LATEST: Photo: Rafsanjani Meets with Association of Press Freedom

Iran’s lead negotiator, Deputy Foreign Minister Abbas Araqchi, said on Sunday that Tehran and the 5+1 Powers (US, Britain, Germany, China, Russia, and France) have agreed implementation of the interim nuclear deal from January 20.

President Obama has welcomed the implementation of the agreement. Facing a move in the US Congress to impose new sanctions, he used the news to declare that tough US action had brought Iran’s agreement and to urge the legislators to refrain from the additional economic punishment.

Araqchi said the major issues in technical and then high-level political talks had been how to neutralize Iran’s stock of 20% enriched uranium and how Tehran would receive $4.2 billion in funds blocked under US-led sanctions. He said all sanctions on Iran’s automotive and petrochemical sectors and on transfer of gold and precious metals — used by countries like Turkey to pay for Iranian oil and natural gas — would be lifted from January 20.

US Secretary of State John Kerry had a different emphasis. Initially he declared:

Iran will voluntarily take immediate and important steps between now and January 20 to halt the progress of its nuclear program. Iran will also continue to take steps throughout the six months to live up to its commitments, such as rendering the entire stockpile of its 20% enriched uranium unusable for further enrichment. As this agreement takes effect, we will be extraordinarily vigilant in our verification and monitoring of Iran’s actions, an effort that will be led by the International Atomic Energy Agency.

Then Kerry made clear that Tehran would only get all of the $4.2 billion in assets at the end of the six-month deal.

The United States and the rest of our P5+1 partners will also take steps, in response to Iran fulfilling its commitments, to begin providing some limited and targeted relief. The $4.2 billion in restricted Iranian assets that Iran will gain access to as part of the agreement will be released in regular installments throughout the six months. The final installment will not be available to Iran until the very last day.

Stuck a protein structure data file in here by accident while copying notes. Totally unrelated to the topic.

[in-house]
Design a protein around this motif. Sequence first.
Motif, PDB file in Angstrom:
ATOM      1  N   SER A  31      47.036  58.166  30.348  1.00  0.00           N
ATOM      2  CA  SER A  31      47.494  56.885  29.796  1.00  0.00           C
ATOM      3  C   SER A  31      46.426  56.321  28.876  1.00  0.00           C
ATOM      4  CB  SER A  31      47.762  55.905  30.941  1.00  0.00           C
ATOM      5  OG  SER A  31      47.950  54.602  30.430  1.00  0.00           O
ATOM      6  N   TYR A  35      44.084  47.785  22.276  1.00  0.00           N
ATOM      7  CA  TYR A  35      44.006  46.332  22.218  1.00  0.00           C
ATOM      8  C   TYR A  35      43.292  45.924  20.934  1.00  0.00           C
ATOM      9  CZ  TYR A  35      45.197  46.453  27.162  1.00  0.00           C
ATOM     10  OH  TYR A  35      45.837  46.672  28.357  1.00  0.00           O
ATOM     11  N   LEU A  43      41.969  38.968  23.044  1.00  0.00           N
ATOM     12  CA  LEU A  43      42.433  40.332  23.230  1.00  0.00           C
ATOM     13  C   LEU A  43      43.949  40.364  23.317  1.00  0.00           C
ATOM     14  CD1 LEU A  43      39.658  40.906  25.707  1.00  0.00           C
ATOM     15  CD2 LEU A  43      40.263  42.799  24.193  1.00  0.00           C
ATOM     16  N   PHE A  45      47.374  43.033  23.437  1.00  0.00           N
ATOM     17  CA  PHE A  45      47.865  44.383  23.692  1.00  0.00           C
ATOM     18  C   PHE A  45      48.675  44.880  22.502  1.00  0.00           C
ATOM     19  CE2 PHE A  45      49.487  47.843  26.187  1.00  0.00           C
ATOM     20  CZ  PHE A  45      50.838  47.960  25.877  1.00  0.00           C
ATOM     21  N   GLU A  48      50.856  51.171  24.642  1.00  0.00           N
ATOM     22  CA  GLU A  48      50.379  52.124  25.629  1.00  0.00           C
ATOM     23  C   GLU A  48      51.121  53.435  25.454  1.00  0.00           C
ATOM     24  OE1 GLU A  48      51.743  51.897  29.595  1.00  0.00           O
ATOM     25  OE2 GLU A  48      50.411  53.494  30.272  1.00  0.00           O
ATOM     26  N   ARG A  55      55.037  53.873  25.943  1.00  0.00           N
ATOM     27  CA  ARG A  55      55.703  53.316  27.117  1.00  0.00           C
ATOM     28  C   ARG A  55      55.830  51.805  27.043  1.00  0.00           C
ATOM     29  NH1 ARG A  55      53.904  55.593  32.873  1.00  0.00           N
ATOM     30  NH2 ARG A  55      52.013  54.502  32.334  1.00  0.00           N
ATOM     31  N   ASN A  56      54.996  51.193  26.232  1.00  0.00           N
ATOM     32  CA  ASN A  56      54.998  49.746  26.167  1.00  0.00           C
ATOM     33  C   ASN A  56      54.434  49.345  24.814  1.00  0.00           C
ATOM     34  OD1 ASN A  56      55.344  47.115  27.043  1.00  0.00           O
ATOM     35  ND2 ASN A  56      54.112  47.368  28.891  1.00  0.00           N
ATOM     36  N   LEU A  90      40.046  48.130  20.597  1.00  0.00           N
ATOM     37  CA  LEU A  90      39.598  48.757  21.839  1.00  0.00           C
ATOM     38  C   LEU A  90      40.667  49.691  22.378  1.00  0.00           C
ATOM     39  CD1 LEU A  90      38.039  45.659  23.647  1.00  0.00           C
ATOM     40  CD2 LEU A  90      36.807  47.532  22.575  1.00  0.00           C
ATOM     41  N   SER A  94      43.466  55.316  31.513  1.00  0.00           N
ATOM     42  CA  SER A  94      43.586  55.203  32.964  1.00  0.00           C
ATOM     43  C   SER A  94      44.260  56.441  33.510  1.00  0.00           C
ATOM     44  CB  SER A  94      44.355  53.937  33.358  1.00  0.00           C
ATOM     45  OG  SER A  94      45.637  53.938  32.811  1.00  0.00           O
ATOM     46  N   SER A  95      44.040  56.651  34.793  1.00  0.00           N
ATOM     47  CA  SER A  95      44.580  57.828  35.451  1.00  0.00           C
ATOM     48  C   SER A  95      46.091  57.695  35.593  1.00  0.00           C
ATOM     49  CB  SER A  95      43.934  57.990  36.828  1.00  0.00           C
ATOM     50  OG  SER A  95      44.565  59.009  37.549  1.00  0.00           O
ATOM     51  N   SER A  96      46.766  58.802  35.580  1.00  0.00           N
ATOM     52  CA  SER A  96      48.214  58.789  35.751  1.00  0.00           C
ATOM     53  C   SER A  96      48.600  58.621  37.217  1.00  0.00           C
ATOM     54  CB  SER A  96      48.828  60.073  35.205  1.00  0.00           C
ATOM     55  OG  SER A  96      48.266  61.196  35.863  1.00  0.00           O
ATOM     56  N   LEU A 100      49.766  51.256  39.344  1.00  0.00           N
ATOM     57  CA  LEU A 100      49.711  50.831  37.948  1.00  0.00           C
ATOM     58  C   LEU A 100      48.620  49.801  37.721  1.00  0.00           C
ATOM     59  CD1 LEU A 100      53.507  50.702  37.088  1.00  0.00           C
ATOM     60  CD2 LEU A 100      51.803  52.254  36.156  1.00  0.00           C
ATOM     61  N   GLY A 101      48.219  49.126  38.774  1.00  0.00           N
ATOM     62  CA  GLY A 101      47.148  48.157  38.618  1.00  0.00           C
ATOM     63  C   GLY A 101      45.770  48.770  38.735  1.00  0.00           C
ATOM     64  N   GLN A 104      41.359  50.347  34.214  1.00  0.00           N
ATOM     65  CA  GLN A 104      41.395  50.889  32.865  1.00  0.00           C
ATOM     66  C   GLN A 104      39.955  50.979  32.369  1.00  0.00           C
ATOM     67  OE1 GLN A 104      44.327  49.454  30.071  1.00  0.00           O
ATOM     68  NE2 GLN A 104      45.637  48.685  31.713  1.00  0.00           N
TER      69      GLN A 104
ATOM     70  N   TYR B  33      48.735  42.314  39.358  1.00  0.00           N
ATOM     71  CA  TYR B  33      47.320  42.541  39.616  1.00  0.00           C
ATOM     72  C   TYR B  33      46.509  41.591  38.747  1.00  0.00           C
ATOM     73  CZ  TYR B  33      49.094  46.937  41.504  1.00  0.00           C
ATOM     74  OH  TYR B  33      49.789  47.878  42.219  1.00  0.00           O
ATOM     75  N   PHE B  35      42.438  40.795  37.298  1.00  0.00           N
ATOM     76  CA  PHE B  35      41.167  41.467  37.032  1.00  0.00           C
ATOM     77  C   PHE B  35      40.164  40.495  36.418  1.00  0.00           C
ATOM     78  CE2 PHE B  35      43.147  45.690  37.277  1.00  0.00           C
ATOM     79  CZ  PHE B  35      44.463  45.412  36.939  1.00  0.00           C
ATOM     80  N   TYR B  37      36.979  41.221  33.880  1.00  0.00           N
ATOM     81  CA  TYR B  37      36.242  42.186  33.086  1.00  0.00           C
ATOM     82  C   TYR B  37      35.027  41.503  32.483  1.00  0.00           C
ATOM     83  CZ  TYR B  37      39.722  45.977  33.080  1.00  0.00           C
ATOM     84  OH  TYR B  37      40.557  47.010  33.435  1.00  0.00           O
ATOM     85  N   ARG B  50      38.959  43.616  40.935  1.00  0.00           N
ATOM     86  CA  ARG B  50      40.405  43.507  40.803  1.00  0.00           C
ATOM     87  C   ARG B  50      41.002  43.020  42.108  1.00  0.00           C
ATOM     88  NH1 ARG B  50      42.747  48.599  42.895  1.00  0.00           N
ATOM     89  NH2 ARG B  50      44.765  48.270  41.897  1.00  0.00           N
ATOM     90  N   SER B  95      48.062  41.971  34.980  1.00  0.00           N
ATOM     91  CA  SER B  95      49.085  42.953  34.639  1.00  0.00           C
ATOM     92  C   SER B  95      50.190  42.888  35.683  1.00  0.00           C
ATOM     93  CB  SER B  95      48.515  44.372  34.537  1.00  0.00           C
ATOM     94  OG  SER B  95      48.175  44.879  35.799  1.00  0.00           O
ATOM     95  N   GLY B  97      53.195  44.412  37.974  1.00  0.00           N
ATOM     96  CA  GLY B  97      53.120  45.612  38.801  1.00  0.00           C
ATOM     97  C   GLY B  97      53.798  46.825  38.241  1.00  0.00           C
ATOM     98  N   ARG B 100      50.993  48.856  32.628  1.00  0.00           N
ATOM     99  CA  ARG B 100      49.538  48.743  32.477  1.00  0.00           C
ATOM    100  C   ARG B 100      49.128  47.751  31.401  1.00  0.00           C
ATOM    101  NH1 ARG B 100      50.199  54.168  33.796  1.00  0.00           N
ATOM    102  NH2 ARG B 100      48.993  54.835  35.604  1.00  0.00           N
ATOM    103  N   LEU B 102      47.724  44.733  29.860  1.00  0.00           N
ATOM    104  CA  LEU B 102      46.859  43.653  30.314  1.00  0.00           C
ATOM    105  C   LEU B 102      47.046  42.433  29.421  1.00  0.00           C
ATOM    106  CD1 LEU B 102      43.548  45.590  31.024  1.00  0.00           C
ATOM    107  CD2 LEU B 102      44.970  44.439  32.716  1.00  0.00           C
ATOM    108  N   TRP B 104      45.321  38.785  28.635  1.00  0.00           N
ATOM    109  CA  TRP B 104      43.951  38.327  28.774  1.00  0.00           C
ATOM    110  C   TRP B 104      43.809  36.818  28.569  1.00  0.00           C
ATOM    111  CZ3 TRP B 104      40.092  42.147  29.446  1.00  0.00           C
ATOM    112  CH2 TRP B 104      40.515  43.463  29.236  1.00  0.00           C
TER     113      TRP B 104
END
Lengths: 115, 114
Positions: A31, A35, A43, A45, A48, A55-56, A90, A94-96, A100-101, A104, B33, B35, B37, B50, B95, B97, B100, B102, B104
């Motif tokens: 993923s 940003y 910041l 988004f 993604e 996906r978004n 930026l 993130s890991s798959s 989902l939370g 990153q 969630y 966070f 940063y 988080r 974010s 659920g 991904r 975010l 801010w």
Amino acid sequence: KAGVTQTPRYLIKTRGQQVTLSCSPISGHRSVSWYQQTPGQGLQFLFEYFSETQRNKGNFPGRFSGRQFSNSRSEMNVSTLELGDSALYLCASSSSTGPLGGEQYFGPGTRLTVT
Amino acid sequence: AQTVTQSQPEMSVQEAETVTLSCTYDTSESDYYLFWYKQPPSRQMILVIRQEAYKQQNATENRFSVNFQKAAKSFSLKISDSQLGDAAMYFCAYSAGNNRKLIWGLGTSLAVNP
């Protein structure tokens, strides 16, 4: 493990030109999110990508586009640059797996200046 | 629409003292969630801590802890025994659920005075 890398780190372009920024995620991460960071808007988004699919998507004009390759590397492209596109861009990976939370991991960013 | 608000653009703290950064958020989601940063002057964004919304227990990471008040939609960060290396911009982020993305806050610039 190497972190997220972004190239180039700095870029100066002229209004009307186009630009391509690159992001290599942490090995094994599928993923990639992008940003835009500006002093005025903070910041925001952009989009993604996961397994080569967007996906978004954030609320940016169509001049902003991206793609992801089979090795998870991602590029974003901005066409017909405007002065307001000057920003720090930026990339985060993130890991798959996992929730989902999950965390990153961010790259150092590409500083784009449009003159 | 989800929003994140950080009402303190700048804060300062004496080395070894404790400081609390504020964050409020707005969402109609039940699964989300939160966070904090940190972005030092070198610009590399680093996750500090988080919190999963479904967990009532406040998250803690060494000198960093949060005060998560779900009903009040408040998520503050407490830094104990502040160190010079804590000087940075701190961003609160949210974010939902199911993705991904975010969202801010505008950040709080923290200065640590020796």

(Araqchi has now clarified that the $4.2 billion will be given to Iran in eight payments, as Iran converts half of its stock of 20% uranium into oxide, which has no potential for military use.)

And what of the prospects for a comprehensive deal with a year? Araqchi maintained caution:

The start of the November deal was finally agreed on Thursday and Friday in talks between Araqchi, 5+1 Powers’ representative Catherine Ashton, and lead US negotiator Wendy Sherman. The arrangements were then referred to Tehran and the capitals of the 5+1 Powers for approval.

Photo: Rafsanjani Meets with Association of Press Freedom

Former President Hashemi Rafsanjani has met members of the Association of Press Freedom, including former political prisoners like Isa Saharkhiz:


Travel Ban Issued by Trial Court on Former Ahmadinejad Advisor Mortazavi

Saeed Mortazavi, former senior Presidential advisor and Tehran Prosecutor General, has been banned from travel by a trial court.

Mortazavi, his former deputy, and a former judge face charges of unlawful arrest, filing a false report, and assisting in the filing of a false report. The charges arise from the deaths of three protesters killed in the Kahrizak detention center after the disputed 2009 Presidential election.

Mortazavi has also been implicated by Parliament in a major embezzlement scandal during his leadership of the Social Security Fund in the Ahmadinejad Government.

Head of Atomic Energy Organization: “Advanced Centrifuges” Are Obstacle to Start of Nuclear Deal

Ali Akbar Salehi, the head of the Atomic Energy Organization of Iran, has confirmed that the issue of “advanced centrifuges” is the main obstacle to the start of an interim nuclear deal.

Salehi spoke on Saturday of last week’s high-level talks seeking to arrange the implementation of November’s agreement, which includes Iran’s suspension of enrichment of 20% uranium and an easing of US-led sanctions on Tehran:
“There were one or two issues for which the experts had gone to Geneva, and one of them which was raised by the other side was the advanced centrifuges.”

A year ago, Iran began introduction of the IR-2M centrifuge, replacing the 40-year-old IR-1, in the Natanz enrichment plant. However, it has only tested a few of the IR-2Ms, and none of them are operational.

The dispute holding up the implementation of the interim deal, which Iranian officials had hoped would begin January 20, is whether Iran can do anything with the IR-2Ms beyond “research and development”, such as installation. In addition, Western sources have claimed to journalists that Iran is testing a centrifuge which is even more advance.

Salehi expressed confidence that Iran and 5+1 Powers (US, Russia, China, Britain, France, Germany) would reach an agreement, with implementation from late January: “Our position is very good now; we carry out enrichment, and continue our discoveries and nuclear technology applications.”